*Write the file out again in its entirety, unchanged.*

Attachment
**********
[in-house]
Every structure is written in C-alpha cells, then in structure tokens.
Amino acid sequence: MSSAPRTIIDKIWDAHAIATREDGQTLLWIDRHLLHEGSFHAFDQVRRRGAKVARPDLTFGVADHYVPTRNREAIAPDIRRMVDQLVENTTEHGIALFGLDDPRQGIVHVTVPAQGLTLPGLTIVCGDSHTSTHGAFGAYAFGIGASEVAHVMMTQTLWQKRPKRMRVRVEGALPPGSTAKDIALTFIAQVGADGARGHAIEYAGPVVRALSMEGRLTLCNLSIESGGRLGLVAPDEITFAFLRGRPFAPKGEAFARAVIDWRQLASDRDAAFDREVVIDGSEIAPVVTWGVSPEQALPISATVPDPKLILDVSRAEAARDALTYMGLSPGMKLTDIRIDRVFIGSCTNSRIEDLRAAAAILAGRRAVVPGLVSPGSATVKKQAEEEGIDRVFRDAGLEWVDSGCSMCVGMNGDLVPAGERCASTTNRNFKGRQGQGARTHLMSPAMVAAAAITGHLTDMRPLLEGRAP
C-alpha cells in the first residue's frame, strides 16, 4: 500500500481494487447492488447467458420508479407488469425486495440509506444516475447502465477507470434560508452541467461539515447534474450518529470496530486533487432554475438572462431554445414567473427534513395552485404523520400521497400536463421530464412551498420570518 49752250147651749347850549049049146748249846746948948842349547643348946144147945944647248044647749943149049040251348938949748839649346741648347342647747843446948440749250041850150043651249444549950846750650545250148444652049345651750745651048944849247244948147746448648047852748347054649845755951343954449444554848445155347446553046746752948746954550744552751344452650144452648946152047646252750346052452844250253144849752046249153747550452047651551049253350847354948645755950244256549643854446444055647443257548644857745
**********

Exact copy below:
[in-house]
Every structure is written in C-alpha cells, then in structure tokens.
Amino acid sequence: MSSAPRTIIDKIWDAHAIATREDGQTLLWIDRHLLHEGSFHAFDQVRRRGAKVARPDLTFGVADHYVPTRNREAIAPDIRRMVDQLVENTTEHGIALFGLDDPRQGIVHVTVPAQGLTLPGLTIVCGDSHTSTHGAFGAYAFGIGASEVAHVMMTQTLWQKRPKRMRVRVEGALPPGSTAKDIALTFIAQVGADGARGHAIEYAGPVVRALSMEGRLTLCNLSIESGGRLGLVAPDEITFAFLRGRPFAPKGEAFARAVIDWRQLASDRDAAFDREVVIDGSEIAPVVTWGVSPEQALPISATVPDPKLILDVSRAEAARDALTYMGLSPGMKLTDIRIDRVFIGSCTNSRIEDLRAAAAILAGRRAVVPGLVSPGSATVKKQAEEEGIDRVFRDAGLEWVDSGCSMCVGMNGDLVPAGERCASTTNRNFKGRQGQGARTHLMSPAMVAAAAITGHLTDMRPLLEGRAP
C-alpha cells in the first residue's frame, strides 16, 4: 500500500481494487447492488447467458420508479407488469425486495440509506444516475447502465477507470434560508452541467461539515447534474450518529470496530486533487432554475438572462431554445414567473427534513395552485404523520400521497400536463421530464412551498420570518 49752250147651749347850549049049146748249846746948948842349547643348946144147945944647248044647749943149049040251348938949748839649346741648347342647747843446948440749250041850150043651249444549950846750650545250148444652049345651750745651048944849247244948147746448648047852748347054649845755951343954449444554848445155347446553046746752948746954550744552751344452650144452648946152047646252750346052452844250253144849752046249153747550452047651551049253350847354948645755950244256549643854446444055647443257548644857745